Facial Recognition for Hospitals –
Should You Care About Your Privacy?

Written by: Reese Jones.

Up until recent years, the use of Face Recognition Software was mainly associated with the security industry. However, the use facial recognition software is now spreading to new emerging markets including the healthcare market. In this post, we try to establish whether revolutionizing healthcare by using facial recognition has a damaging side-effect of risking your privacy.

Facial recognition before medical treatment

Facial recognition technology is now being used in order to verify the identity of patients before they receive cancer treatments.Parker Adventist Hospital can now scan a patient’s face to obtain patient identity and confirm their respective treatment. The technology removes human error, and according to the director of the radiation center Dr. Amy Horner, “It essentially verifies that we have the right patient for the right treatment at the right time, every time.” Moreover, the technology allows for a no contact procedure, which is important for patients whose immune systems are compromised. The model is leading the way in then use of facial recognition for the treatment of cancer.

On somewhat similar note, Face-Six has announced last year the launch of its FA6 Med software, which allows nurses and doctors to verify patients’ identity before they get medical treatment. Unlike the solution of the Parker Adventist Hospital, the FA6 software also uses a smartphone device, allowing staff members to verify patients’ identity throughout the hospital including in their beds before receiving their daily treatment, in treatment rooms and at the different labs.

Facial recognition against hospital scalpers

The tech magazine Technode has recently reported that China uses facial recognition to crack down on hospital scalpers in Beijing. The authorities are looking to stop the illegal sale of medical appointments at inflated rates. Scalpers have emerged as a result of hospital patients hoping to skip long queues. This in turn creates longer waiting hours for those who can’t afford the ludicrous prices. The Beijing Municipal Health Commission reported that 30 hospitals in the city have collected facial data of more than 2,000 people who’ve been punished for booking and selling medical appointments in bulk. The software uses visual data to flag suspected scalpers when they enter one of the Beijing hospitals.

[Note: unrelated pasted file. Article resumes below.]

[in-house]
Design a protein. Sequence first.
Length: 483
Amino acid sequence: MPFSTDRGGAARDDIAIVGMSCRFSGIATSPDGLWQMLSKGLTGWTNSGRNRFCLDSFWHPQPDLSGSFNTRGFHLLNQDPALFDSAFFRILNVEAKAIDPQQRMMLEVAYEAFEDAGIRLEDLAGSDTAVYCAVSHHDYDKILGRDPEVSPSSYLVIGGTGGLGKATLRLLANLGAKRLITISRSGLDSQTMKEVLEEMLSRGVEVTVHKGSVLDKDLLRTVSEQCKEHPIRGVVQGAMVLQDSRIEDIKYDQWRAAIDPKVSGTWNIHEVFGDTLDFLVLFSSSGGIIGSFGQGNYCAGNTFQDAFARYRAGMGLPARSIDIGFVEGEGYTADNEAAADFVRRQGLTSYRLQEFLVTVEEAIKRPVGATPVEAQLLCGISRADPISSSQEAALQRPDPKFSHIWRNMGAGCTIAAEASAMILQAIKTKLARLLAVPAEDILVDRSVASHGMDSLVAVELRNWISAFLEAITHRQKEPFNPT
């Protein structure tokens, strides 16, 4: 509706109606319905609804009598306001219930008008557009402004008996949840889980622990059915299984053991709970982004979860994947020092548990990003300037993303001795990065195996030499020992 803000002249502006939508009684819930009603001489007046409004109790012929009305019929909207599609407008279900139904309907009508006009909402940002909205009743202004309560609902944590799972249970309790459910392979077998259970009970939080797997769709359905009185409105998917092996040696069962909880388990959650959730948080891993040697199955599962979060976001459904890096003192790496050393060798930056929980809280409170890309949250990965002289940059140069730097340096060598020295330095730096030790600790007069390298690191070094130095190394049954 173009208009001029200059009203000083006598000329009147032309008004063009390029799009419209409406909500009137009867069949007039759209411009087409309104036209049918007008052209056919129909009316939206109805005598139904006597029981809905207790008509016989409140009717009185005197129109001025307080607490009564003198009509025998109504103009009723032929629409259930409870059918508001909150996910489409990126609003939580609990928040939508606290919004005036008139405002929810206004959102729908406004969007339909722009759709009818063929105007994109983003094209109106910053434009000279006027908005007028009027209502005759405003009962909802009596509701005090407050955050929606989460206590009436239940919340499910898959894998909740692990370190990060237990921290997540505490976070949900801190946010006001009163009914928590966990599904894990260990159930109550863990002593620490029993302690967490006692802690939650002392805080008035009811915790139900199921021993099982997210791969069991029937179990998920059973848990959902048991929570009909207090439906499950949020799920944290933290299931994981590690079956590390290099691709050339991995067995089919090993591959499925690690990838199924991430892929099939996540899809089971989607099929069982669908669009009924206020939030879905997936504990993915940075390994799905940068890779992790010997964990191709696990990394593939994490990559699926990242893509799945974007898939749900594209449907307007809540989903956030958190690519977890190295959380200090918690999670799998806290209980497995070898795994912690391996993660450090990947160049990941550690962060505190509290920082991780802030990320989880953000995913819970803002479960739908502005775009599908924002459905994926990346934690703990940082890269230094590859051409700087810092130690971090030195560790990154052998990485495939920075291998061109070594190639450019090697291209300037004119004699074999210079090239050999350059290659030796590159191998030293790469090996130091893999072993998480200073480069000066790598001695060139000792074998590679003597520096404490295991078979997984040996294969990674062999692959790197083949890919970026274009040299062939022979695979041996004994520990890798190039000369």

Should you be worried?

While facial recognition technology is becoming increasingly popular in the healthcare industry, voices of concern are now being heard. Although the technology is exciting and offers a great value to hospitals and patients, ethical issues have been raised regarding privacy and data protection.
The Journal of Ethics explored the privacy considerations that come with facial recognition technology, specifically related to obtaining informed consent of patients whose facial data has been acquired.
An issue that may concern a lot of patients is that their facial identification could be stolen and used for other purposes, especially as the technology becomes more widespread.
And although some might argue that stilling your biometric data is a real concern, the question is how is it different from stealing your personal medical record?
Even if we argue that both have the same harm potential – has anyone even ever considered stop getting medical treatment because their personal record might be stolen?
Now if facial recognition can save you from getting someone’s else treatment, are you really insisting on not using it because of the remote chance that someone might steal your data? Well, making “brave” statements behind your PC is one thing, but getting someone’s else treatment because you opted out of the face recognition system does seriously question your decision-making ability.